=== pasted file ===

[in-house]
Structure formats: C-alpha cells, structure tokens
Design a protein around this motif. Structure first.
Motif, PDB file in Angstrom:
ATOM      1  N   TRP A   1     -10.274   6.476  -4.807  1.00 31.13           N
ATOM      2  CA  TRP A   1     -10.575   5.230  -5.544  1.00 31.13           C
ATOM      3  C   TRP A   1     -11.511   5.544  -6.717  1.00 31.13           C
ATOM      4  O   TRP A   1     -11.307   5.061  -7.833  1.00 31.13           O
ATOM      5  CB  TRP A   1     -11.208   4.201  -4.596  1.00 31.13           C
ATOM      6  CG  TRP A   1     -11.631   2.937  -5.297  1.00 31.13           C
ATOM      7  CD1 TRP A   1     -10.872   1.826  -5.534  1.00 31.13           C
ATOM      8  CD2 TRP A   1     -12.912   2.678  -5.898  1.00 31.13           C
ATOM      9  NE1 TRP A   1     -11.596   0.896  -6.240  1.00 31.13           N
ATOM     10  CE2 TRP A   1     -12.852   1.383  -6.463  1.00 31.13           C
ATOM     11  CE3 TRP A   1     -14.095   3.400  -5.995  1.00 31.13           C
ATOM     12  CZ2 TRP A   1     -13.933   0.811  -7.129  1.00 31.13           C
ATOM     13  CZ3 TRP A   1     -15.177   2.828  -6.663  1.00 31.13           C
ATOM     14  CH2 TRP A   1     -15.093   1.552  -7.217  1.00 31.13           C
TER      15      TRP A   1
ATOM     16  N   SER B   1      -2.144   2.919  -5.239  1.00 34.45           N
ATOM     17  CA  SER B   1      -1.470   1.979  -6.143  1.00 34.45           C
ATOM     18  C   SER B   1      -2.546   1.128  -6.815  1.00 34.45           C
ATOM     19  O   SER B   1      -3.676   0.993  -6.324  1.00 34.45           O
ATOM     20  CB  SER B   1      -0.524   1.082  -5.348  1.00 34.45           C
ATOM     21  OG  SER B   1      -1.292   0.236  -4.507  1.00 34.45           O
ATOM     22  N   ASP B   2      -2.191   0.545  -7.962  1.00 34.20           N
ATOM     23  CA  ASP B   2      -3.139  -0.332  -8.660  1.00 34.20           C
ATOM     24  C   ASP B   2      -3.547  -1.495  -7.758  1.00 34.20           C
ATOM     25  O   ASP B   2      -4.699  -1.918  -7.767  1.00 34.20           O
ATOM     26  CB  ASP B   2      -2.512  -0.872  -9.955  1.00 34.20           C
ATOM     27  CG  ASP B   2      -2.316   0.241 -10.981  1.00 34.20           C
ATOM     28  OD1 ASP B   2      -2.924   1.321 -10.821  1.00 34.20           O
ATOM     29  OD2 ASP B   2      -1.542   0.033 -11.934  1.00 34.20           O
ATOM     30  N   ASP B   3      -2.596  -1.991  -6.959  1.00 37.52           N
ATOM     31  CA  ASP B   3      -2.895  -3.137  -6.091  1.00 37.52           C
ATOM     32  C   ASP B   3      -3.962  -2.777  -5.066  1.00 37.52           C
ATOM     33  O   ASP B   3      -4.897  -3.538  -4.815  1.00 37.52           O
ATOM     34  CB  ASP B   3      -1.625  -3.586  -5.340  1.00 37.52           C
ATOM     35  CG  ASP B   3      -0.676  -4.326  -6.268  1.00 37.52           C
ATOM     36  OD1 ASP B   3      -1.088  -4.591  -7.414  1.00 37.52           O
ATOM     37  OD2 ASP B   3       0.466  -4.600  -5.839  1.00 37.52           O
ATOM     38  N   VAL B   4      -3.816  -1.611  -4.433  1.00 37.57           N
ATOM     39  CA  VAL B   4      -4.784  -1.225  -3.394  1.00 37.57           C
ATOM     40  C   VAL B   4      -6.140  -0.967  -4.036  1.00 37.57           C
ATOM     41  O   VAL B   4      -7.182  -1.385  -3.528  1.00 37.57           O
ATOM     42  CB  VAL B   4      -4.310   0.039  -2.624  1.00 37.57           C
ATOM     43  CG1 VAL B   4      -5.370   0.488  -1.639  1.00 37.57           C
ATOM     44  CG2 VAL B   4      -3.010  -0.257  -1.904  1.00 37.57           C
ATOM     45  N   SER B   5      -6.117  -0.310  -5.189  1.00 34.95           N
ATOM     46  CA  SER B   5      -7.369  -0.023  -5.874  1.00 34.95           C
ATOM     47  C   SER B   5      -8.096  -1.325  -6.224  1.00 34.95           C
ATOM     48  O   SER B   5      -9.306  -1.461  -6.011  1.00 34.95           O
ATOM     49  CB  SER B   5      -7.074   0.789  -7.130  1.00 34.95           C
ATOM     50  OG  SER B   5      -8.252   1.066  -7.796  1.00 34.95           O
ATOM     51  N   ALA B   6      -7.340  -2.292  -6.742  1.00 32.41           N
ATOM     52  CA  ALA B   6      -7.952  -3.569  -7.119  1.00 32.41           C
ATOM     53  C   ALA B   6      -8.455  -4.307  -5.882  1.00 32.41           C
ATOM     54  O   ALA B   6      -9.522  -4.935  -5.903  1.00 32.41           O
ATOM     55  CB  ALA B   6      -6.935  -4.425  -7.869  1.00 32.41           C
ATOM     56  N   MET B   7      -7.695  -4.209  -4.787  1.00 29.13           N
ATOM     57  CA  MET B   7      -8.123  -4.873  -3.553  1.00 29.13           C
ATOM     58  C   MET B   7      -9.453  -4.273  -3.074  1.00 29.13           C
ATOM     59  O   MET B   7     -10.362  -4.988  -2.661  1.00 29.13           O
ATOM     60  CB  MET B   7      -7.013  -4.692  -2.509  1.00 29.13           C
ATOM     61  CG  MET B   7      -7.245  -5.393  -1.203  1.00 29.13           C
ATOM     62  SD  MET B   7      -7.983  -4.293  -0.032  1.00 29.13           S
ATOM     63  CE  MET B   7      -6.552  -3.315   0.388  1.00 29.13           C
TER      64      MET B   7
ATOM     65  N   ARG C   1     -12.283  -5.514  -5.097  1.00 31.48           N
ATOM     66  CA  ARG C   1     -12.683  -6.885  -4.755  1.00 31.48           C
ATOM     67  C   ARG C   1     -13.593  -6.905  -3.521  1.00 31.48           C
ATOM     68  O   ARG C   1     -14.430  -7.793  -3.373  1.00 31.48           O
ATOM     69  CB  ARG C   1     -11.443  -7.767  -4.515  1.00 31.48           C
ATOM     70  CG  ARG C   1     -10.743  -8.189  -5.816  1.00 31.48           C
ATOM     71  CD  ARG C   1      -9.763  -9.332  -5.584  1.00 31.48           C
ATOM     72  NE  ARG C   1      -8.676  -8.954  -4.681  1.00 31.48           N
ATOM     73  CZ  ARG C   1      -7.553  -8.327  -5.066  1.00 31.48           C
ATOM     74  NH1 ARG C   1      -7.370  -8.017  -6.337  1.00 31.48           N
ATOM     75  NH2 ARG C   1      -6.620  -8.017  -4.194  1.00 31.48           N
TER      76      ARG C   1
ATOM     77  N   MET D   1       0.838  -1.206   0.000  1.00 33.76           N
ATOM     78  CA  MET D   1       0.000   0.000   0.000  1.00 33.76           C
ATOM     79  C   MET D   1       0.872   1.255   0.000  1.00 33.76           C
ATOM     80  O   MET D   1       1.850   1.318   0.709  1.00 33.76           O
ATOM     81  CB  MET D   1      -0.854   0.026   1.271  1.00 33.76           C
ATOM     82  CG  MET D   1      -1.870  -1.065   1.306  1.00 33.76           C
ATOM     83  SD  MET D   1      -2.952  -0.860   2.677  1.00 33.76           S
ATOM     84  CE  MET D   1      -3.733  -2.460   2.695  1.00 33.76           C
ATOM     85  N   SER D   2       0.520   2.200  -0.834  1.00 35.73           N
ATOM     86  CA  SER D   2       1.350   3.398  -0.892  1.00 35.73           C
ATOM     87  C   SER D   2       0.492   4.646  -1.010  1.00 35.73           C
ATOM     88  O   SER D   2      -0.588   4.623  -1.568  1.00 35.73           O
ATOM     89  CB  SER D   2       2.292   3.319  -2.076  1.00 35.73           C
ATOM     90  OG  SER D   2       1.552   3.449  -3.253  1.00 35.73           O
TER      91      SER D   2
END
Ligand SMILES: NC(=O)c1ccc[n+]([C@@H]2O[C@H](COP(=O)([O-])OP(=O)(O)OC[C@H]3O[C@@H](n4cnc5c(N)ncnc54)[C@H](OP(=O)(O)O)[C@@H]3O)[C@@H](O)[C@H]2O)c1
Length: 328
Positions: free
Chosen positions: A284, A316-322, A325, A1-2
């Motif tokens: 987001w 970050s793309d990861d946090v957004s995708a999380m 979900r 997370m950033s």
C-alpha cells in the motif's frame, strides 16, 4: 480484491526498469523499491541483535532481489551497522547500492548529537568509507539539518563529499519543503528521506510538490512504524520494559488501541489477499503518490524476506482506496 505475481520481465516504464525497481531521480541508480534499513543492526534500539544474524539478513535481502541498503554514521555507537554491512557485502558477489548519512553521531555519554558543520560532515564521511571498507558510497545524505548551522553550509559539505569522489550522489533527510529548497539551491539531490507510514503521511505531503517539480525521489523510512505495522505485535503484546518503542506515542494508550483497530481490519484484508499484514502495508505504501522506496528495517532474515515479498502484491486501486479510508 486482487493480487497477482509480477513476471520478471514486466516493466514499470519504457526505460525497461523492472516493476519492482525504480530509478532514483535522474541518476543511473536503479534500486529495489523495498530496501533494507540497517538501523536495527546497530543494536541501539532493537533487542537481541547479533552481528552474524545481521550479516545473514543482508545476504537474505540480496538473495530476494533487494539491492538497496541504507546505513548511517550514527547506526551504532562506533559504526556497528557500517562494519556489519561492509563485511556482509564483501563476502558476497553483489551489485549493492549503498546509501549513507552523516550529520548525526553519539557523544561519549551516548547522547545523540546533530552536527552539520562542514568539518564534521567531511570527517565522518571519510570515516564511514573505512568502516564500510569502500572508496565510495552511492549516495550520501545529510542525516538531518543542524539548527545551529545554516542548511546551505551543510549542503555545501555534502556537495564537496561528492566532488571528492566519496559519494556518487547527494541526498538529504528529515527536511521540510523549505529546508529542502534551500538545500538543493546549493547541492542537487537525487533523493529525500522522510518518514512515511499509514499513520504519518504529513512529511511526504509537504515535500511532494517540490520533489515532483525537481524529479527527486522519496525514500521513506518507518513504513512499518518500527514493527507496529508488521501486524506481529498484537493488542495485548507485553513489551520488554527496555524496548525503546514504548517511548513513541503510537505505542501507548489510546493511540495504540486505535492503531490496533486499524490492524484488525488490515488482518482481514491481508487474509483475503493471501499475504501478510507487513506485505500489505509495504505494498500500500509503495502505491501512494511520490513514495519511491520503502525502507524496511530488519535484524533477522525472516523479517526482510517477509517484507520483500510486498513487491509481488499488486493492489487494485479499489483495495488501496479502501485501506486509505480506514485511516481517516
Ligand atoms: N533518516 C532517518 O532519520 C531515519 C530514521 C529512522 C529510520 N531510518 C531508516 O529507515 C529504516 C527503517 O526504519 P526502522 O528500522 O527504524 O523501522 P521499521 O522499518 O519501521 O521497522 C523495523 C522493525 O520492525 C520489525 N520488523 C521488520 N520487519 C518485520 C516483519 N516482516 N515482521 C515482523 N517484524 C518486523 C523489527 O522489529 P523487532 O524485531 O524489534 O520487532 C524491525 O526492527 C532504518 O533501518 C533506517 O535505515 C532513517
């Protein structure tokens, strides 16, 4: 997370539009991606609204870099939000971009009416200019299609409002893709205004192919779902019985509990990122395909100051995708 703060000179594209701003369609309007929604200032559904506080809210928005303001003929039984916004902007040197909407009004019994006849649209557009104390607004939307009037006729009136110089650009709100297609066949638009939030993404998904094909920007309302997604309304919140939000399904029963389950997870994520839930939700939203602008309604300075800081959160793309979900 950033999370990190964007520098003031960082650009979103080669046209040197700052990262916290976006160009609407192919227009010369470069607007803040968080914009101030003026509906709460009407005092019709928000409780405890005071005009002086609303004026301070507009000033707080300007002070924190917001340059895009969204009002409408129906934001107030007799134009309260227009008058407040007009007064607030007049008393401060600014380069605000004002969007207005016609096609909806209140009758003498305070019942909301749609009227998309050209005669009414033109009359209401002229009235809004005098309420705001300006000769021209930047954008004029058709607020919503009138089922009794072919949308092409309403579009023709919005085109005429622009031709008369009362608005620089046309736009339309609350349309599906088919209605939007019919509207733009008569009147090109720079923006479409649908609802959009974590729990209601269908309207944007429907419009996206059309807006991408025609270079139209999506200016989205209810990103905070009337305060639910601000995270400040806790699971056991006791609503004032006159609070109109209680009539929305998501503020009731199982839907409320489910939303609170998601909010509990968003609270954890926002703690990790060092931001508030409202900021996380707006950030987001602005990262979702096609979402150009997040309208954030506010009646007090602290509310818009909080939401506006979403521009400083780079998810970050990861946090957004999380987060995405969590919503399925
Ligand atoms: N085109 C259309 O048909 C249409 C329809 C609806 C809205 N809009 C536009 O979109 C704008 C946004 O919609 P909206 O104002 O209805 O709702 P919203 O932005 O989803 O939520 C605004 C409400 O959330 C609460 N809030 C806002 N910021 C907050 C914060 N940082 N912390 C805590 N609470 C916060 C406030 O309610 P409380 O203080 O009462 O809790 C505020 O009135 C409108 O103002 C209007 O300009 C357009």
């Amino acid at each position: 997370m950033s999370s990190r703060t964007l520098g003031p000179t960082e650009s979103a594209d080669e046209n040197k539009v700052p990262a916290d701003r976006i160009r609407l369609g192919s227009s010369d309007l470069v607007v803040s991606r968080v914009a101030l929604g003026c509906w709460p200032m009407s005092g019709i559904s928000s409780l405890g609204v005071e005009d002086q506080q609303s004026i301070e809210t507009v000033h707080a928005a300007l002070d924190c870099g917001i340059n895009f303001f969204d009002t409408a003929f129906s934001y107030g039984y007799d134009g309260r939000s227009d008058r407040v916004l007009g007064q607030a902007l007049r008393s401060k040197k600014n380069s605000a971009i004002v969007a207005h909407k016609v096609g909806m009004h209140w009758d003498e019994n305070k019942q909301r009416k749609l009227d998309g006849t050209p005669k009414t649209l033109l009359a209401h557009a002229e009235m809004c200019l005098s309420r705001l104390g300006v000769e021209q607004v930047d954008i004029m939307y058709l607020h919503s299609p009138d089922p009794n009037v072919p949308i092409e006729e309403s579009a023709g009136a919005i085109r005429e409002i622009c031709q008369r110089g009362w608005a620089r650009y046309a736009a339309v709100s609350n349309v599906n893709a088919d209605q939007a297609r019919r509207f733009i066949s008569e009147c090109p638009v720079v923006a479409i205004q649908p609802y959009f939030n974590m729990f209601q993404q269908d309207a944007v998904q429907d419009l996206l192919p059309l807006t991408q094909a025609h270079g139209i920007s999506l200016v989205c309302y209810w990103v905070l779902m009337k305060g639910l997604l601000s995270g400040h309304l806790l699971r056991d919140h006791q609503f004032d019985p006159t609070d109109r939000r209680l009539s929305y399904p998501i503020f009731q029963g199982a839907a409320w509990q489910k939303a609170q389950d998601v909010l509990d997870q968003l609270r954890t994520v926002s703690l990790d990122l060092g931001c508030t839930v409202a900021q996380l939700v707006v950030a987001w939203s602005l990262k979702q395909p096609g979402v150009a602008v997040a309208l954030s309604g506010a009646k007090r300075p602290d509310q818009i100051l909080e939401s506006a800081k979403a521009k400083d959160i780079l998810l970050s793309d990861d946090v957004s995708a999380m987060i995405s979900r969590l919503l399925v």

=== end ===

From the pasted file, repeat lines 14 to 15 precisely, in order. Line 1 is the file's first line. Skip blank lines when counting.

ATOM     10  CE2 TRP A   1     -12.852   1.383  -6.463  1.00 31.13           C
ATOM     11  CE3 TRP A   1     -14.095   3.400  -5.995  1.00 31.13           C